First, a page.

Working class

The war on the working class* continues unabated
By Kathy G.

Proving once again why the Wall Street Journal should be required reading for all good lefties, today the paper reports on yet another way corporate America has found to screw the wage slaves among us. As the Journal explains, companies are using our pension funds to finance lavish executive perks:
At a time when scores of companies are freezing pensions for their workers, some are quietly converting their pension plans into resources to finance their executives’ retirement benefits and pay.
In recent years, companies from Intel Corp. to CenturyTel Inc. collectively have moved hundreds of millions of dollars of obligations for executive benefits into rank-and-file pension plans. This lets companies capture tax breaks intended for pensions of regular workers and use them to pay for executives’ supplemental benefits and compensation.
What’s the problem with this? Well, there are basically two of them: a) it’s illegal, and b) it causes serious harm to ordinary workers:
A close examination by The Wall Street Journal shows how it works and reveals that the maneuver, besides being a dubious use of tax law, risks harming regular workers. It can drain assets from pension plans and make them more likely to fail. Now, with the current bear market in stocks weakening many pension plans, this practice could put more in jeopardy.
Worse, your tax dollars, and mine, are subsidizing the perks for these already extravagantly compensated execs:

Hat tip to reader Jack for this link to CPA Journal reading.

Normally, companies can deduct the cost of deferred comp only when they actually pay it, often many years after the obligation is incurred. But Intel’s contribution to the pension plan was deductible immediately. Its tax saving: $65 million in the first year. In other words, taxpayers helped finance Intel’s executive compensation.
[. . .]
. . . [A] majority of the tax-advantaged assets in Intel’s pension plan are dedicated not to providing pensions for the rank and file but to paying deferred compensation of the company’s most highly paid employees, roughly 4% of the work force.
On the Hook
And taxpayers are on the hook in other ways. When deferred executive salaries and bonuses are part of a pension plan, they can be rolled over into an Individual Retirement Account — another tax-advantaged vehicle.
Troublingly, this reverse Robin Hood strategy of raiding the pension funds of ordinary workers and handing over the loot to the most highly paid executives has for the most part been carried out in secrecy. Often, the ordinary employees potentially getting screwed out of their pensions have no idea what’s going on — and the bosses and their bottom-feeding consultant aparatchiks take great pains to keep it that way:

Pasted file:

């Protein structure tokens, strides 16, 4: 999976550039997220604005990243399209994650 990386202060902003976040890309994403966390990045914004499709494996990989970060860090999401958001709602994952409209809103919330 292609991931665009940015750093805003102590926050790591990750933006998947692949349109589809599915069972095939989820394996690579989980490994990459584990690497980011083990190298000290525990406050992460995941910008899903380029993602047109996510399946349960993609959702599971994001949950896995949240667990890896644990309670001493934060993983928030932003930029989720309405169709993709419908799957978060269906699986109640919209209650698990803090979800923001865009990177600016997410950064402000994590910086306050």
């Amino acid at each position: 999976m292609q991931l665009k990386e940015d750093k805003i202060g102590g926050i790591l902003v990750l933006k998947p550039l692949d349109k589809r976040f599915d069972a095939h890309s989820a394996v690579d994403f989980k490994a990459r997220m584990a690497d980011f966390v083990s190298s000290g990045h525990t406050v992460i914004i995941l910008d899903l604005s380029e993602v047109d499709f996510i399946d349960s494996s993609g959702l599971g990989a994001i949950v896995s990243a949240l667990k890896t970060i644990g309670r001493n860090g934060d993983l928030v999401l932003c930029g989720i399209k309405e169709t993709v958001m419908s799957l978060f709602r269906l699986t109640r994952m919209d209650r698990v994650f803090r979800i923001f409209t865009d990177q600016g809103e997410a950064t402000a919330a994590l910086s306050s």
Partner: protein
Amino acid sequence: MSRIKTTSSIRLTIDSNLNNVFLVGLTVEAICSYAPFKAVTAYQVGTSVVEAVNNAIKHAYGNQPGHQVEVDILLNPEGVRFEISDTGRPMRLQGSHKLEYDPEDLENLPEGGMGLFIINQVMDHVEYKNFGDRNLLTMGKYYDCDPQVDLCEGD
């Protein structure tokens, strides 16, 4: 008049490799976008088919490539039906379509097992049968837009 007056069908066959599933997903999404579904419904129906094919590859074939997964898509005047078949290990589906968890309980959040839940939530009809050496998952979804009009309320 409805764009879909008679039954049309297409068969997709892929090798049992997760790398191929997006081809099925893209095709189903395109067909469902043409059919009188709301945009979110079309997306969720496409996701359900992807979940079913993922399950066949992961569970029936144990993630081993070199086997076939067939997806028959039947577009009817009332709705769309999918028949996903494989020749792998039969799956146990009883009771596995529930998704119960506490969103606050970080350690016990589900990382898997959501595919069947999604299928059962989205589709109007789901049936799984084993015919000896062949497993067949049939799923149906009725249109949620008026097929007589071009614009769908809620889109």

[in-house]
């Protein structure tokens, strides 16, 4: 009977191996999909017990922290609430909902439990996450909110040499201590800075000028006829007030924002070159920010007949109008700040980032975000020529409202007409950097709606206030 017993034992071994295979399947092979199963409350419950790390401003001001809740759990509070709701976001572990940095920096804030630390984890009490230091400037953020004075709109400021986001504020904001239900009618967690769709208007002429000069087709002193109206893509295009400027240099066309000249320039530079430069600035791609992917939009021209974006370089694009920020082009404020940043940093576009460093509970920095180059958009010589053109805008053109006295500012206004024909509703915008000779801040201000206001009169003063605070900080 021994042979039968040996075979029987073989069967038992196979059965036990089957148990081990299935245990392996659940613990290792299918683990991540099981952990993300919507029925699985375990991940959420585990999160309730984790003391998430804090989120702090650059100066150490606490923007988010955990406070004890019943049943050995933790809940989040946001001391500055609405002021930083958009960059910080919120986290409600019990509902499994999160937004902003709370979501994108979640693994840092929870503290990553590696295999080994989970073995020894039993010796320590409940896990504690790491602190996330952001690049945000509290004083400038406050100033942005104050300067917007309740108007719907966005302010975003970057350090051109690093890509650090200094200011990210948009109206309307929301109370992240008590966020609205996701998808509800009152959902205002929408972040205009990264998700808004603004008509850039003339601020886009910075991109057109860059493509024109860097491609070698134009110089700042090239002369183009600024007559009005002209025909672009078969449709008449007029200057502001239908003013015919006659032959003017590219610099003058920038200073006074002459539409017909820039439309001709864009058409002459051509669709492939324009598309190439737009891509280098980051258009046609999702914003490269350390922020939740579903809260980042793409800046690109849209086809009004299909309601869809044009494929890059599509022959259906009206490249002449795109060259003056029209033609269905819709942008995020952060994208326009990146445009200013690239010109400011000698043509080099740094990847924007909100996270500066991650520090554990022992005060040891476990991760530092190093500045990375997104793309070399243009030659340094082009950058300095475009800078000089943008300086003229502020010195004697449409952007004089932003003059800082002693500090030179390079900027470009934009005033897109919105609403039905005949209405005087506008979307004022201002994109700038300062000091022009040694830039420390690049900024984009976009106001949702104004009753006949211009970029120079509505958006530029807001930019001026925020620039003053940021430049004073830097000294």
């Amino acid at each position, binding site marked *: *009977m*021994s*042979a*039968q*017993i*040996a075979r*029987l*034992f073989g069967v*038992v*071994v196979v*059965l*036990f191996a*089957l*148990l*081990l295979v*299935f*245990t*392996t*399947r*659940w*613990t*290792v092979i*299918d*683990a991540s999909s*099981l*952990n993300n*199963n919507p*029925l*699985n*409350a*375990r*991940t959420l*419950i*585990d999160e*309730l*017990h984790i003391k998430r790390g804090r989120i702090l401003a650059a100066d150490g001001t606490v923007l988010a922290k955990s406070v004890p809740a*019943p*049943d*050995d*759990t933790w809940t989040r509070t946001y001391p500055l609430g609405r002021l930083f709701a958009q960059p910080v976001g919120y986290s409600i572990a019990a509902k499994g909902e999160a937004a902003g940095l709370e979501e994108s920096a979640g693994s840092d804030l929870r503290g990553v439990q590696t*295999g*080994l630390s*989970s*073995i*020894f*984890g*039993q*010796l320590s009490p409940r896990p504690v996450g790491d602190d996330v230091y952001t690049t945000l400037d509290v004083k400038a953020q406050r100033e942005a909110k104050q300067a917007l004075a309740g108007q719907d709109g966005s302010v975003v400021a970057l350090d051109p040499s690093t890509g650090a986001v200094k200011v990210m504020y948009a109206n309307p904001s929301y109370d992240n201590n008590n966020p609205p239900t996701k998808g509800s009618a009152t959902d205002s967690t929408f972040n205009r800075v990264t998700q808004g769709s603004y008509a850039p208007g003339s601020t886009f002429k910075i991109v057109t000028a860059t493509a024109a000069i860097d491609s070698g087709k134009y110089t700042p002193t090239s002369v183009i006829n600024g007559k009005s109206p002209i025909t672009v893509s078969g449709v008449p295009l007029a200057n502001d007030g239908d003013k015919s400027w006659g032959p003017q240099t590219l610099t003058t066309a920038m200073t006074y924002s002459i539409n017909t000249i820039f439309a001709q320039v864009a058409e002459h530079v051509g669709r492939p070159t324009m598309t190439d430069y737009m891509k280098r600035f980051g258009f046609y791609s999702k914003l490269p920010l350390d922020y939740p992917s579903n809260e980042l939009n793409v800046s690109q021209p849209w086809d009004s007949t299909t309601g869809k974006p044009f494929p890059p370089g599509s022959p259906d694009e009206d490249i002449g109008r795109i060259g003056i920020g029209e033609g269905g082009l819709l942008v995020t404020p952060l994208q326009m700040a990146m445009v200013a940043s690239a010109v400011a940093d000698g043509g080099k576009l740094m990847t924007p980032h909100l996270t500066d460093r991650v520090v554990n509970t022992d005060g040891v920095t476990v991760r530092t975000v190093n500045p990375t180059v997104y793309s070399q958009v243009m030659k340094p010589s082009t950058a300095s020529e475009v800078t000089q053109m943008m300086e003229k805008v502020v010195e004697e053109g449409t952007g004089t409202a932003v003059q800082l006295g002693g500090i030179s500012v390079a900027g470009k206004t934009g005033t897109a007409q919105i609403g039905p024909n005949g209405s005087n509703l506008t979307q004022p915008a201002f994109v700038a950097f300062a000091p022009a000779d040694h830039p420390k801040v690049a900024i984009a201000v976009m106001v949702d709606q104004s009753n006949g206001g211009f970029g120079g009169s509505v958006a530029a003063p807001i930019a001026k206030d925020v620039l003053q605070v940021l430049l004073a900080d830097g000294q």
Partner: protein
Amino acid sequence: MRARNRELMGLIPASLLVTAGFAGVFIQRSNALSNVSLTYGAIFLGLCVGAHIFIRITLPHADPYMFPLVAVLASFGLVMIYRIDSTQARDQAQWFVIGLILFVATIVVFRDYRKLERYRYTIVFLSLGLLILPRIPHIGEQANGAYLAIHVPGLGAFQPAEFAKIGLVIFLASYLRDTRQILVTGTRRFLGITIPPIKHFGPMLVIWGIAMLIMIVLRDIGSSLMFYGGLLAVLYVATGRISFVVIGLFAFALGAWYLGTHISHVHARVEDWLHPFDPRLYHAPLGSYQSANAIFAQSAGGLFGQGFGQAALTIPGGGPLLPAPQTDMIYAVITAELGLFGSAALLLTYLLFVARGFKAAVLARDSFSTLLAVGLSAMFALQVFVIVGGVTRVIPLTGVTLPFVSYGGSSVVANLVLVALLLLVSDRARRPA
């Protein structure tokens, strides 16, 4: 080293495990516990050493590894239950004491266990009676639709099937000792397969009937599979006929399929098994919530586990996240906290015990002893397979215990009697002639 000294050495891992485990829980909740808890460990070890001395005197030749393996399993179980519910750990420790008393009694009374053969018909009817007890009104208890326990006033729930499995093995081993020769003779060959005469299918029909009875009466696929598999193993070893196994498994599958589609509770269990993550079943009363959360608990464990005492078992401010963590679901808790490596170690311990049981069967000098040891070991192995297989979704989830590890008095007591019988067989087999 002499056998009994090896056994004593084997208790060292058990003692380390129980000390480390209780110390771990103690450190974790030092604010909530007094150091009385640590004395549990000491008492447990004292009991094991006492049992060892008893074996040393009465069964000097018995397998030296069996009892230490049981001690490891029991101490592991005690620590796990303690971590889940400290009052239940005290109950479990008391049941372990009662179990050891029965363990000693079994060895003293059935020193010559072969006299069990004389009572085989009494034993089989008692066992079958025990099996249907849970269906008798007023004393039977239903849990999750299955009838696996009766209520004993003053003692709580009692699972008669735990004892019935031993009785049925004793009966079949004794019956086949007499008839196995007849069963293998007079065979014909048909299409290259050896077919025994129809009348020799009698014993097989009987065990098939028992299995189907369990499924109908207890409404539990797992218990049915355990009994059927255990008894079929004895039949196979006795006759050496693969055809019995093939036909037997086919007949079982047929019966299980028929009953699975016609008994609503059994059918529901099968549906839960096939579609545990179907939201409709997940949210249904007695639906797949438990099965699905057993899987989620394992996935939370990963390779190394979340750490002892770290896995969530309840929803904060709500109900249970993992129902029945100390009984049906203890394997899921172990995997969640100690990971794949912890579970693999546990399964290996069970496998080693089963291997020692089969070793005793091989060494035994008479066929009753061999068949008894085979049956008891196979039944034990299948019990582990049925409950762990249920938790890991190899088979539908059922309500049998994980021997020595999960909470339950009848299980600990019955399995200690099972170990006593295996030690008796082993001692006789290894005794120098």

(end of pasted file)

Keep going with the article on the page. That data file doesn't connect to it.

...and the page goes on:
Generally, only the executives are aware this is being done. Benefits consultants have advised companies to keep quiet to avoid an employee backlash. In material prepared for employers, Robert Schmidt, a consulting actuary with Milliman Inc., said that to “minimize this problem” of employee relations, companies should draw up a memo describing the transfer of supplemental executive benefits to the pension plan and give it “only to employees who are eligible.”
Ya gotta love the weasel words there — “minimize this problem” of “employee relations,” indeed!
Mucking with employee pensions in this way is of dubious legality, but usually the understaffed, overworked regulators have no idea it is even going on:
With too little staffing to check the dozens of pages of actuaries’ calculations, the IRS generally accepts the companies’ assurances that their pension plans pass the discrimination tests, the official said.
Of course, there is something our elected officials can do about it:
To halt the practice, Congress would have to end the flexibility that companies now have in meeting the IRS nondiscrimination tests.
Does Congress have the huevos do the right thing, and thoroughly investigate — and regulate! — this and many other dubious corporate practices and financing schemes that have taken hold over the past couple of decades? Would President Obama’s SEC and Justice Department have the backbone to enforce the law by going after the corporate crooks and meting out appropriately stiff punishments to the offenders?
I wish I could be more confident that the answer to those two questions is, “Hell to the yeah!”
*H/T: Sir Charles